[erlang-questions] Light-weight operating systems supporting Erlang in production web servers

Steve Rogers <>
Thu Sep 21 21:37:45 CEST 2017


Great, thanks for the update!

On Thu, Sep 21, 2017 at 2:29 PM Peer Stritzinger <>
wrote:

> Hi Steve,
>
> On 21.09.2017, at 21:16, Steve Rogers <> wrote:
>
> So when can we expect to get our hands on a GRiSP board/
>
>
> This week we finalized the hardware for production.  From now there is a
> minimum of 8 weeks production time
> if there is delivery time on crucial parts possibly a bit longer, waiting
> for the schedule from the manufacturer.
>
> So hoping to ship mid November.
>
> Definitely in time for Christmas season ;-)
>
> There is a newsletter subscription on the bottom of https://www.grisp.org
> will post details of producing the first batch there.
>
> Best,
> -- Peer
>
> # Steve
>
> On Thu, Sep 21, 2017 at 10:29 AM Peer Stritzinger <>
> wrote:
>
>> On 21.09.2017, at 12:23, Jesper Louis Andersen <
>> > wrote:
>>
>> On Wed, Sep 20, 2017 at 12:50 AM Richard A. O'Keefe <>
>> wrote:
>>
>>> One question.  I can get a
>>> "Raspberry Pi 3 Model B with 1.2GHz 64-bit Quad Core and 1GB Ram"
>>> for NZD 69 including tax and run Erlang on it.
>>> (Hmm.  Next time I have some spare cash I must get one...)
>>>
>>> Why would I pay NZD300 for a 300MHz board with 64MB of memory?
>>>
>>>
>> My prediction is that eventually we'll see the "small embedded" market
>> squeezed down by rather cheap powerful devices such as the rPI. My argument
>> for this prediction hinges on power becoming free in the future (due to the
>> current massive advances in solar and wind energy on top of better
>> batteries).
>>
>>
>> Small embedded being current rPI *sized* CPUs for some definition of
>> small will be happening.  Except rPI is not usable in production for
>> several reasons (supply, quality, hardware changing beyond your control).
>>
>> Currently, the power draw of the stronger chips is too high and
>> production at scale means that shaving off a few cents here and there is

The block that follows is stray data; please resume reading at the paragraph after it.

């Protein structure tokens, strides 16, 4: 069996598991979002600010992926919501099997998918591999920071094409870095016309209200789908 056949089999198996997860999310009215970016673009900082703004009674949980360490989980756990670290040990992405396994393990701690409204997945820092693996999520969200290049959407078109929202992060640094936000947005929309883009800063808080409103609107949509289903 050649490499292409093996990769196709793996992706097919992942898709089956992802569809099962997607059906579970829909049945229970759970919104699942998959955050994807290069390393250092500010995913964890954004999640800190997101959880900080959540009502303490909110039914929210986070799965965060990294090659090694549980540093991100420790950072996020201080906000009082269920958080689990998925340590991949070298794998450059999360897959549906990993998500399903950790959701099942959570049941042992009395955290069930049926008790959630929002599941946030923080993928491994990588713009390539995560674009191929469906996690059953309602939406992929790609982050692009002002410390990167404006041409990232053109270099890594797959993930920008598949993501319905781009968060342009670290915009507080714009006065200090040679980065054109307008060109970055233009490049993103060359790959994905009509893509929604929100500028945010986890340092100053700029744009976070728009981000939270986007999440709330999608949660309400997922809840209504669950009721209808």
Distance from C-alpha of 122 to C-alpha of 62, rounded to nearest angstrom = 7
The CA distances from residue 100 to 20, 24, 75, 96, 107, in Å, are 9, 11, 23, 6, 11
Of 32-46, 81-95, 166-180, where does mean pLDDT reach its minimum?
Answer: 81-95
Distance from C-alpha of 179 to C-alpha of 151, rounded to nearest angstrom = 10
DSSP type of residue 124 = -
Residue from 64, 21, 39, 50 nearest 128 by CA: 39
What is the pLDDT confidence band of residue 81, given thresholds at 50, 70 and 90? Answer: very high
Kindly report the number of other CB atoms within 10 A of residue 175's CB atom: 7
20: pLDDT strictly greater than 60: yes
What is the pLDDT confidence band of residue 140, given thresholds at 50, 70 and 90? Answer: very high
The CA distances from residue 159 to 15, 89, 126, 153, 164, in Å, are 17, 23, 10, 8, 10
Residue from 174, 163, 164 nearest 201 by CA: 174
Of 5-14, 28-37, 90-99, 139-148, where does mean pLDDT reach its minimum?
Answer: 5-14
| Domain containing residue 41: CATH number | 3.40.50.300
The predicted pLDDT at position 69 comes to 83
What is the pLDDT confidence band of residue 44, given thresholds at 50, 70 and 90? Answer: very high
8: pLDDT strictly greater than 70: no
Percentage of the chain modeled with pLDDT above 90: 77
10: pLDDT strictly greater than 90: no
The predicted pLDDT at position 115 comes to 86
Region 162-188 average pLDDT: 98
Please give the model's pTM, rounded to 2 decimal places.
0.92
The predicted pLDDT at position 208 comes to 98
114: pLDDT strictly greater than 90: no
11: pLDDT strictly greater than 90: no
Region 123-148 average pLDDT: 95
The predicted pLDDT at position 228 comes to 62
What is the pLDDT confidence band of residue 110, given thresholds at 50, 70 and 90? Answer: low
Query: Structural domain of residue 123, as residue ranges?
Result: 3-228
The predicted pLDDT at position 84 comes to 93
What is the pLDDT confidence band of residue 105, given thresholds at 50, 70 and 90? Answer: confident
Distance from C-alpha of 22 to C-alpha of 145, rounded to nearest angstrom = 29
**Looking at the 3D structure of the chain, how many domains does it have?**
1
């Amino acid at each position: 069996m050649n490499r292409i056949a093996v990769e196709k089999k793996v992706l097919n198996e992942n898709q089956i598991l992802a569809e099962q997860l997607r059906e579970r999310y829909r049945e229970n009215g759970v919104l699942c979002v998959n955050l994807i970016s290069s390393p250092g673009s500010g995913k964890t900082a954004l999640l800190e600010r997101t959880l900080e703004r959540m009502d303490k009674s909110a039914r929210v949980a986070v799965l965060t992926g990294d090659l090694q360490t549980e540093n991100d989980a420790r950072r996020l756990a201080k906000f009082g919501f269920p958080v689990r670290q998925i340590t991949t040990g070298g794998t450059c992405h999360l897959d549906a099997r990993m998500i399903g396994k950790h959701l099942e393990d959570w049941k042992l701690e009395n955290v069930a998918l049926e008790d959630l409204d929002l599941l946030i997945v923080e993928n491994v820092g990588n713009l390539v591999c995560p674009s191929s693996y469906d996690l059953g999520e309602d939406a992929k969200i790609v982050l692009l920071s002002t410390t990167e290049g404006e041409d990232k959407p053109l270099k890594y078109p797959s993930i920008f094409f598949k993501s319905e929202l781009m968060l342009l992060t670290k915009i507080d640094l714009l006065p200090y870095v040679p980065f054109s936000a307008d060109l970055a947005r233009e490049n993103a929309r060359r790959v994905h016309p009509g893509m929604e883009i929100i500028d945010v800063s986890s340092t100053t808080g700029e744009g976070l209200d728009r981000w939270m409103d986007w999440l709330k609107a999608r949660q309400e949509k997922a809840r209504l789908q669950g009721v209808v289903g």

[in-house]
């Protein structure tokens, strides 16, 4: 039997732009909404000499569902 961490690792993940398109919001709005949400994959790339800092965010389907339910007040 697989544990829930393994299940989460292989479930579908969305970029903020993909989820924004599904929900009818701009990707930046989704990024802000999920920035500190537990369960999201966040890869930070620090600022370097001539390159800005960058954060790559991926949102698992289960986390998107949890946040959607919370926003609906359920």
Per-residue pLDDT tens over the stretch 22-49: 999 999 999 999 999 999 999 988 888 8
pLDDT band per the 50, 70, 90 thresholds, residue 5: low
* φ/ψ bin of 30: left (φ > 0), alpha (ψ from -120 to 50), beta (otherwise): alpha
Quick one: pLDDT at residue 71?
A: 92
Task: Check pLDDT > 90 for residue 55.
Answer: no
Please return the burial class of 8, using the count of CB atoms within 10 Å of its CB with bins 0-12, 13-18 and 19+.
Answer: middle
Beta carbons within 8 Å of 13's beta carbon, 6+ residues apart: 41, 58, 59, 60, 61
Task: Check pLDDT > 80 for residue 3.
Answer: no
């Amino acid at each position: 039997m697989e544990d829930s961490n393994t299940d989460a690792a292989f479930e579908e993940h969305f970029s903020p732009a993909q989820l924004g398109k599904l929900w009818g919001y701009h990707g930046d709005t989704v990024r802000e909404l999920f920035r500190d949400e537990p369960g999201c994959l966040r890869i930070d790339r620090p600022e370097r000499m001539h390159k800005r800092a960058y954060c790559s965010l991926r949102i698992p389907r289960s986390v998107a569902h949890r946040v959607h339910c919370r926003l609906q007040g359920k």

>> worth it.
>>
>>
>> Exactly. We have a few industrial applications where we would love to get
>> a larger CPU but we can’t because of price and power (meaning in this case
>> thermal energy output).
>>
>> But it looks like the price tag of a 1.2 GHZ 64 bit chip is only going
>> one way, and this makes the added development effort of targeting a smaller
>> chip more expensive. In turn, you need an even bigger scale of production.
>> And so on.
>>
>>
>> Except that with a 300MHz Cortex M7 size CPU you can do lots of
>> interesting applications just in Erlang already and save the costs.
>>
>> GRiSP is interesting because it can offer you a far faster time to market
>> and lower development effort at the same or better robustness/resilience.
>> You can thus get the lower production costs while amortizing development
>> effort better. It is a good bet until the niche squeeze I predict above
>> happens.
>>
>>
>> Thanks :-)
>>
>> Also we plan not to be squeezed but adapt.  One size which is just
>> getting viable with Erlang are the automotive controllers with flash and
>> ram on the CPU only (for the automotive industry any external memory is too
>> unreliable and a problem for EMC).  Thats one direction what I want to
>> target with the GRiSP software stack.
>>
>> We could have easily also targeted a 24 core communication controller
>> with 16 times Gbit I/O which is a tempting target also and noone would
>> complain about the compute power there ;-)
>>
>> For the GRiSP-base we just tried to pick the right sized board for
>> today.  Others might follow…
>>
>> Best,
>> -- Peer
>>
>>
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